Guest Post: Roots…I’m Not Talking About the Gray Kind!


A guest post by writer Sheri Lesneski:

Why didn’t I ask sooner?

That is a question I keep asking myself.   I do know part of the answer ….I was in my own little world leading my own life oblivious to much else.  My ancestry roots were just something I had heard about and filed in the back of my mind, never really giving them much of a second thought.  I knew that my dad’s side had come from England and my mom’s side was from Sweden.  Cool!  I am an English-Swede!  And that was where my interest in my roots ended.  Until now!

Now I am 53 and playing detective in tracking my ancestry.  The relatives with the answers to many questions are gone. It is only my 91 year old mom and I trying to piece together enough information to add more branches to our family tree.  Right now it is one lop-sided tree!  It looks like it will topple over in a stiff breeze!

I have more information on my dad’s side than I do on my mom’s Swedish side.  That is mostly due to the fact that Mom’s parents moved to the USA from Sweden.  Tracing roots in the Swedish language is no easy feat!  I could  kick myself for not asking questions when relatives with the answers were still around.  It just did not occur to me that later in my life I would want to know more about our family story.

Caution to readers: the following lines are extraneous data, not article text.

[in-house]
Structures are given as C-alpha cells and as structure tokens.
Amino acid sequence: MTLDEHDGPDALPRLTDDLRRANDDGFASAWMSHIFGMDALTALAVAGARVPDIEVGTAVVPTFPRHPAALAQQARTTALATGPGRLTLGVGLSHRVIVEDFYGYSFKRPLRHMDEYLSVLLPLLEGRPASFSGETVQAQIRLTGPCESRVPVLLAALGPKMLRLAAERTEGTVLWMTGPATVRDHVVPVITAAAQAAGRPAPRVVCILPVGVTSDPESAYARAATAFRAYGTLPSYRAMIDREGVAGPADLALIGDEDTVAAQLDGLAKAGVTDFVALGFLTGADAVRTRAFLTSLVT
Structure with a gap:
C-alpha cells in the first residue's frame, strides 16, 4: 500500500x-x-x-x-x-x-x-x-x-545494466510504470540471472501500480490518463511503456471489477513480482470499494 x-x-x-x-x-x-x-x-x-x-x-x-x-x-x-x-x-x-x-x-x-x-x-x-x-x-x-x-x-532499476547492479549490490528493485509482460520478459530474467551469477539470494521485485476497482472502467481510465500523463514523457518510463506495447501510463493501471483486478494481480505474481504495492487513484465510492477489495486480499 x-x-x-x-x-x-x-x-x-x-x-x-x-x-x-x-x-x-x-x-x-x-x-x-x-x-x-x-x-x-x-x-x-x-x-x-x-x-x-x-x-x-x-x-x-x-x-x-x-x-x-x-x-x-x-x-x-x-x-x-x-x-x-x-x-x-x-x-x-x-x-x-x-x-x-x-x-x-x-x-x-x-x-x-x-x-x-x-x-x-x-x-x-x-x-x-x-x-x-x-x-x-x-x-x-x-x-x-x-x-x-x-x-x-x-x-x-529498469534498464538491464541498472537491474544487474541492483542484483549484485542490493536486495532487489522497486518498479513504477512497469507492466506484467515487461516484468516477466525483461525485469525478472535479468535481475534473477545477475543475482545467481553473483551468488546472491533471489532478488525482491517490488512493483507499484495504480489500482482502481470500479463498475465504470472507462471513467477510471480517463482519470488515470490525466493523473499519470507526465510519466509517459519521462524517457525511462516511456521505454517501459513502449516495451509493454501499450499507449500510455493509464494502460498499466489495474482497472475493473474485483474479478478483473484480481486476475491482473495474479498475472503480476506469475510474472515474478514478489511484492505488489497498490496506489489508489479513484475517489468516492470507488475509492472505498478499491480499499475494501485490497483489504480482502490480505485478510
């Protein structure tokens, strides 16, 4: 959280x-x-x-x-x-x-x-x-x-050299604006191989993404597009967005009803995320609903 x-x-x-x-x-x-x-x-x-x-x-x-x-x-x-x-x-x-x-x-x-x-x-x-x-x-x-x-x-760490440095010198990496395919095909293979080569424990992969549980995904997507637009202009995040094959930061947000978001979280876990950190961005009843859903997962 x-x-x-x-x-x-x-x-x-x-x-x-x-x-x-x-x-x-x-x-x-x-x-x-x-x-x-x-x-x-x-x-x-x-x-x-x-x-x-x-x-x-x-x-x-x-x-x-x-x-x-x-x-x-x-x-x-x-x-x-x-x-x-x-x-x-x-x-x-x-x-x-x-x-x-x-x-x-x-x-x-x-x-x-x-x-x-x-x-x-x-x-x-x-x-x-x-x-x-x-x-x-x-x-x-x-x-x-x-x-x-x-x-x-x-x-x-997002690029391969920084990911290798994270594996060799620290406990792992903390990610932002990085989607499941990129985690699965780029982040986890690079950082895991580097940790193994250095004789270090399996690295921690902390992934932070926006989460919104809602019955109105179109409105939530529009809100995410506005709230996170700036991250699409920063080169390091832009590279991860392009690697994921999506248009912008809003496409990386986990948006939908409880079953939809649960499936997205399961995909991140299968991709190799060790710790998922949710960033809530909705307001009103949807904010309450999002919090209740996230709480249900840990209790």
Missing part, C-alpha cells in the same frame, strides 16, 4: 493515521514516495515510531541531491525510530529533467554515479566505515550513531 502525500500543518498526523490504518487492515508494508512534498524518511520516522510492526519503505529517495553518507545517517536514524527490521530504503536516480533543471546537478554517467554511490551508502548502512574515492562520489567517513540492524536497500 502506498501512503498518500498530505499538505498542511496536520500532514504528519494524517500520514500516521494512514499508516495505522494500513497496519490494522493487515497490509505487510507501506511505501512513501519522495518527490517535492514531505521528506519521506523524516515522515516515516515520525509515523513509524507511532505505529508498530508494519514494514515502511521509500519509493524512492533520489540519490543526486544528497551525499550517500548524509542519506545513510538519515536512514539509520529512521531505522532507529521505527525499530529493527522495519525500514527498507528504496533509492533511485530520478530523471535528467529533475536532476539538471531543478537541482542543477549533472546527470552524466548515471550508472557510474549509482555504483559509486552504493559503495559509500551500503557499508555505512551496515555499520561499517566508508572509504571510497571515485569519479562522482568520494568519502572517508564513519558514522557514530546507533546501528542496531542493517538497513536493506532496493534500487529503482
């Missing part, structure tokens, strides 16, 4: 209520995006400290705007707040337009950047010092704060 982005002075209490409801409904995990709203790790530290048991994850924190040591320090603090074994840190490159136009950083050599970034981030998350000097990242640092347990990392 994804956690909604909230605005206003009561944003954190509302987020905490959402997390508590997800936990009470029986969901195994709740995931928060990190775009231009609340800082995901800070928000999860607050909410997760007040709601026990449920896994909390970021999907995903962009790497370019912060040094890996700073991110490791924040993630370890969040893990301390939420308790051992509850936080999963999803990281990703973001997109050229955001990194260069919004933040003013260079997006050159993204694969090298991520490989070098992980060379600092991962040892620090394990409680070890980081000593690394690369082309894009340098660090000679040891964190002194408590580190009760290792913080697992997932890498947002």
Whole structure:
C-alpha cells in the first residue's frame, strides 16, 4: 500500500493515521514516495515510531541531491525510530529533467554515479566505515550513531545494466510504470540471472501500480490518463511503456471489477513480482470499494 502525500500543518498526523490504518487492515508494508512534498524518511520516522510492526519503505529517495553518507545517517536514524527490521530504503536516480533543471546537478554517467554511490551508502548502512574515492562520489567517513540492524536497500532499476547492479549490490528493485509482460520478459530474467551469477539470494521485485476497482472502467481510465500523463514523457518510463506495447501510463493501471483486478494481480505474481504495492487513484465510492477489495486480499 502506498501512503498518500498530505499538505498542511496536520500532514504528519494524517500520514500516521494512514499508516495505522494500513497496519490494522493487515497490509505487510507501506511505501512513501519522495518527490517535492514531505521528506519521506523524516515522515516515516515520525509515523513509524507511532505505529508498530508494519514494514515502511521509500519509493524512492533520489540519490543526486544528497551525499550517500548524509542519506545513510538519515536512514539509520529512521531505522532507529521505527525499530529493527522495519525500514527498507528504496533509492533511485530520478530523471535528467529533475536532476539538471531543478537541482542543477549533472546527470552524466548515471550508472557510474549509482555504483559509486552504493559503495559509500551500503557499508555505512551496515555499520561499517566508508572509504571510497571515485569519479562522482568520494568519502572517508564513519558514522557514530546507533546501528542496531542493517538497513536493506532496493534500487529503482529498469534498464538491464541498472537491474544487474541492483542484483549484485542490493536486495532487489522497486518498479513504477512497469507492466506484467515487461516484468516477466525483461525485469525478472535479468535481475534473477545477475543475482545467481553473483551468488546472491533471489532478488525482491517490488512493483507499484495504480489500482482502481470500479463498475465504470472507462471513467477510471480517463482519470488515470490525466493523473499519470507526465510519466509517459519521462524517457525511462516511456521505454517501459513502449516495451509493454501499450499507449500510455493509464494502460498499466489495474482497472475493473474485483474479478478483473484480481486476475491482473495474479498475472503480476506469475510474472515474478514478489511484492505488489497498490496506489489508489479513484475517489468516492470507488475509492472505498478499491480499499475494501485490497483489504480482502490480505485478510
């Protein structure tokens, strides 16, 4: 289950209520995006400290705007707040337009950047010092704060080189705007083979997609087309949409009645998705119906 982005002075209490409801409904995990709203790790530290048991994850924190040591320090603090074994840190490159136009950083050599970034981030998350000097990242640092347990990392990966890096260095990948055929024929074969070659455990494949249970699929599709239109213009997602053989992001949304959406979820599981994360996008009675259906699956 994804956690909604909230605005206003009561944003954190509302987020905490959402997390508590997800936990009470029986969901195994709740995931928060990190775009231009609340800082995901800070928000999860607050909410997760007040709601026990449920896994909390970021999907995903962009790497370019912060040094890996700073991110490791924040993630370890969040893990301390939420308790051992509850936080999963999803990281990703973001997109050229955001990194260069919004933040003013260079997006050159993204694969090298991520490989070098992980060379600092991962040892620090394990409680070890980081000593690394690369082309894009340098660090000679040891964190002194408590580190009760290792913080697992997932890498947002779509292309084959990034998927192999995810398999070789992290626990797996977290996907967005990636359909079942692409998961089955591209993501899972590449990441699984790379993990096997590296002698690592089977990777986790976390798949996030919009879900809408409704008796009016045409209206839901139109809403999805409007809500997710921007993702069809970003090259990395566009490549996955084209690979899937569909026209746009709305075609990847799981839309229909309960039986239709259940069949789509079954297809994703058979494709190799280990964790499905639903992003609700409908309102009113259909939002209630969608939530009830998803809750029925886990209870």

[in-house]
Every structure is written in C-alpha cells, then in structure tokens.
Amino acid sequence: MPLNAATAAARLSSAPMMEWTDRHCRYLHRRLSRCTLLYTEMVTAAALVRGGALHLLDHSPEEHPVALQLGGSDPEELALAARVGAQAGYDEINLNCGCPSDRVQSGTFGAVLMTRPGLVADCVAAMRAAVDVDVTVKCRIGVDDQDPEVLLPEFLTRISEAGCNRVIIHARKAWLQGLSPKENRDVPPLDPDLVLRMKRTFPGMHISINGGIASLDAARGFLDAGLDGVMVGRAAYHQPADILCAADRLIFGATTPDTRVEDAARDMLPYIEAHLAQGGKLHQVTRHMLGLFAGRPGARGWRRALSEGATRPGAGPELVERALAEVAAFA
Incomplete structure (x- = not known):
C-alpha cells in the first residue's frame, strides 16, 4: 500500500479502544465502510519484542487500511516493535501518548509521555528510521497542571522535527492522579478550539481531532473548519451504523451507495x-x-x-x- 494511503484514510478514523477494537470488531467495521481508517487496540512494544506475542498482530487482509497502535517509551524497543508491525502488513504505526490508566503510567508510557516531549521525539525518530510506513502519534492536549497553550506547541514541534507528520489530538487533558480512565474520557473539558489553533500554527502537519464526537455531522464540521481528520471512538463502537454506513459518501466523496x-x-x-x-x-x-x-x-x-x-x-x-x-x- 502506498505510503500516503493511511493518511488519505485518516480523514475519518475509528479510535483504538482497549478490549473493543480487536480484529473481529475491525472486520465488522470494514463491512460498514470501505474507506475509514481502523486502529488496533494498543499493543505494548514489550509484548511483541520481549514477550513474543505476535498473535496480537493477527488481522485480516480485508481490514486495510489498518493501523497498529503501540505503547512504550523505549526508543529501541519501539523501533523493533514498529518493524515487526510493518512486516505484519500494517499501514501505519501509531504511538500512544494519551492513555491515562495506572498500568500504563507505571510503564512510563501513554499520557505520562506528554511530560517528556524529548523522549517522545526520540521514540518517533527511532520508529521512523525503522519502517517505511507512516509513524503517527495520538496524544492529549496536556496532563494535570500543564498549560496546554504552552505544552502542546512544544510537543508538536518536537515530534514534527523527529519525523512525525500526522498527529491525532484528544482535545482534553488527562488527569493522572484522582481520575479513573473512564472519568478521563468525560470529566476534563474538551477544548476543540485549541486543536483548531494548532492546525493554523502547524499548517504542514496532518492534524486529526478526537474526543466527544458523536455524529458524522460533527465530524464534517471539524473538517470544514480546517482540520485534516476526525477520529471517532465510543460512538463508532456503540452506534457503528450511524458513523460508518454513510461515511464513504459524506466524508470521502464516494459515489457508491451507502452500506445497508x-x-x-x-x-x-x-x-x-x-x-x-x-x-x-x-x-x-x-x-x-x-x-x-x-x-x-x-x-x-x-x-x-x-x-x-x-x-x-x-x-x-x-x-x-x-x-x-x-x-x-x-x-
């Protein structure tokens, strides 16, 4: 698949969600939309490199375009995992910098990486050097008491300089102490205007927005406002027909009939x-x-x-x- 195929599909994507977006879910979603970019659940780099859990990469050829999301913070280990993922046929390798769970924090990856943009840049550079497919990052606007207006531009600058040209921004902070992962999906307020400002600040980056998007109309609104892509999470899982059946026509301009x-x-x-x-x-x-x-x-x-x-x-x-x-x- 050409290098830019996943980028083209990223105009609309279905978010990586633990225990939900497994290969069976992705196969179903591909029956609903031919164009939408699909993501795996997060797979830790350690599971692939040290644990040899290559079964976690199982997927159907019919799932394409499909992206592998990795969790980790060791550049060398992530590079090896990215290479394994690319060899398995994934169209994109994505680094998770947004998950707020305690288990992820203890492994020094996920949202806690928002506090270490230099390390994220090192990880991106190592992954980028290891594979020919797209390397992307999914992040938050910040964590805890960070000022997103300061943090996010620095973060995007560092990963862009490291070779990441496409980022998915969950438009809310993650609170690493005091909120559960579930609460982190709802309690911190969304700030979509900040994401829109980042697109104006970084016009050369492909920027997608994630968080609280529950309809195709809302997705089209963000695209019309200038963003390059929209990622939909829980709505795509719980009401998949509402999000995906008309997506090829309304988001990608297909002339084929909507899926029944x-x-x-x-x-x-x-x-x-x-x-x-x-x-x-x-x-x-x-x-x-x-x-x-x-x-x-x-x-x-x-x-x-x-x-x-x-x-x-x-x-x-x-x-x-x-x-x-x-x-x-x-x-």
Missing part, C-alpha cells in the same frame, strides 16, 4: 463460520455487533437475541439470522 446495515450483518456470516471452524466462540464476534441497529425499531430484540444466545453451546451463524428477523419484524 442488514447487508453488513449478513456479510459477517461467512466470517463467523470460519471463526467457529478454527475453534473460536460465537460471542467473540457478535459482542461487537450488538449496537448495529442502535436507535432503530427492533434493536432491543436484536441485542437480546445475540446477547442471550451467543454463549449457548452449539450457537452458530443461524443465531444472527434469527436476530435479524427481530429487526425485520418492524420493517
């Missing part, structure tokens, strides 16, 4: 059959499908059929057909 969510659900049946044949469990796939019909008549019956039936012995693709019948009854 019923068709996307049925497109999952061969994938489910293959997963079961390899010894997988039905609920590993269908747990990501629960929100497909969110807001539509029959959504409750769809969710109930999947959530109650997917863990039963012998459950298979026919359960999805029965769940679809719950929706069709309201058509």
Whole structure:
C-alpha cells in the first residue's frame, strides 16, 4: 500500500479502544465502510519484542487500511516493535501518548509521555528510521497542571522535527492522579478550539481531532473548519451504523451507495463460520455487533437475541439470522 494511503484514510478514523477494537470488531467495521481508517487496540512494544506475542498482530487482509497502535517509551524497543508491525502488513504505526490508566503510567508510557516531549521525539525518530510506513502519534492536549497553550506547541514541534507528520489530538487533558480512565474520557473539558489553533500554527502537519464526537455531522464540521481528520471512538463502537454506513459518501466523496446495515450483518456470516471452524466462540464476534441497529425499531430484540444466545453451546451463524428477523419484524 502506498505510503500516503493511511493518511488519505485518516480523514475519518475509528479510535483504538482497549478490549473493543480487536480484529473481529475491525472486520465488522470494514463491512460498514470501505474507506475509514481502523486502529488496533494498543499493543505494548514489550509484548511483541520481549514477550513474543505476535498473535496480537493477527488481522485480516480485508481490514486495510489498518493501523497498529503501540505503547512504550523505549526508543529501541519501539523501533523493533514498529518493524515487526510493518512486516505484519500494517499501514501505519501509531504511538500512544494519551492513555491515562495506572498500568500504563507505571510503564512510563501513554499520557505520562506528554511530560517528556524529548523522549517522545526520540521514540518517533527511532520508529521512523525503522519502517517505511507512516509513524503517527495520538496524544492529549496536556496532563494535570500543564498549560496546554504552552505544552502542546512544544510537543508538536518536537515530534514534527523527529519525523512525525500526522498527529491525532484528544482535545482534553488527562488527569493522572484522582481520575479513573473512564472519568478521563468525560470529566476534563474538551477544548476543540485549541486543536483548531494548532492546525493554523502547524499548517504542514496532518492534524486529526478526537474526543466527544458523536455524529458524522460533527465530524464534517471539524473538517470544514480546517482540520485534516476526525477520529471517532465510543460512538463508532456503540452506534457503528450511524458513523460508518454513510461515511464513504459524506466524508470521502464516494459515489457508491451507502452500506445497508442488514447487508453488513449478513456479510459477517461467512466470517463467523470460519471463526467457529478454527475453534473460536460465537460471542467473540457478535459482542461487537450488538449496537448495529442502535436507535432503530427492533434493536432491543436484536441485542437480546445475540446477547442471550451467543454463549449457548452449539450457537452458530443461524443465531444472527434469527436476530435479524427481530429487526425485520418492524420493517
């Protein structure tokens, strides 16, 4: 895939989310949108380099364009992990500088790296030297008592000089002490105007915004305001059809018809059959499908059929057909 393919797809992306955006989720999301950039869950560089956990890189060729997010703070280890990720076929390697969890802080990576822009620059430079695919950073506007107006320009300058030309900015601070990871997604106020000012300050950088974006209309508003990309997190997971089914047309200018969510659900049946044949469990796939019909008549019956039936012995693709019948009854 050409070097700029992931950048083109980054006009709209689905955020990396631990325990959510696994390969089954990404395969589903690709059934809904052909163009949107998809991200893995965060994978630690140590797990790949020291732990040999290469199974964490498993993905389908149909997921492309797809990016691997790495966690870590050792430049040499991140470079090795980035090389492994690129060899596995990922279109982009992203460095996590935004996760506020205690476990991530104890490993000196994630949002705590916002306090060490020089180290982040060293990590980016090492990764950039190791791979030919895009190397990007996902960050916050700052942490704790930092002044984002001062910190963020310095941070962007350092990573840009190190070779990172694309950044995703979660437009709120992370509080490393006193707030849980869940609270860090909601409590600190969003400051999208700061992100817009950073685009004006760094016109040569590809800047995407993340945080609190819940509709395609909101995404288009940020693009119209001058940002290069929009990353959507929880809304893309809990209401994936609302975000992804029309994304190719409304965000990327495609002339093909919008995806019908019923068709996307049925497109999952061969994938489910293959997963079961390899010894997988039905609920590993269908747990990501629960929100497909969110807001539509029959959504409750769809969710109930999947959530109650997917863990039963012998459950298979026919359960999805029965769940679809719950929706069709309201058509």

When Mom and I began working on our family tree, we started off with lots of enthusiasm and some success.  We excitedly filled in missing family members on the tree’s branches.  But soon enough we ran into dead ends and lots of frustration.

Thanks to, Mom and I have had some  more success with researching and adding to our tree.  But, that darn Swedish side!  Anyone who has ever tried researching family ancestry knows it is definitely not an easy job. For me it was those Swedish names –those impossible names!  If you were Carl’s son your last name was Carlson.  If you were Carl’s daughter your last name was Carlsdotter.  Sounds simple enough, but Swedes are not simple you see.  Swedes that moved to the USA often times would change the spelling or change their last name altogether!  Not only that but …many Swedes have the same name—ahhhh!

Actually, has been very helpful and provided many valuable resources.  They even have experts available to help you trace your roots.  Unfortunately, I am not able to afford that on my own, so I have to be the detective.

Oh, and have you seen the ancestry show on TV?  They trace the roots of famous stars.  In an hour’s time, that star gets handed answers to their family roots…. if it were only that easy!

My dad’s side has had some interesting facts arise.  If I follow one line, it leads to a distant relative who was an officer in the Revolutionary War.  His uncle was President Tyler. Now let’s see, how am I related to President Tyler? And if you follow one of Dad’s branches all the way back to the 600’s, we find we are related to the King of Scotland.  I always felt I should be royalty!  But is this all true—really true?  Or did I just get lead down a wrong branch in our family tree?  Who really knows?

This is just my experience.  Many people have had the forethought to keep good family records—not us!  But being related to royalty does sound impressive.

One of the most exciting parts of this adventure was learning  a few family secrets.  Secrets that were not talked about while those relatives were alive came out now with such enthusiasm and delight.  We don’t think of those secrets as bad but quite the opposite.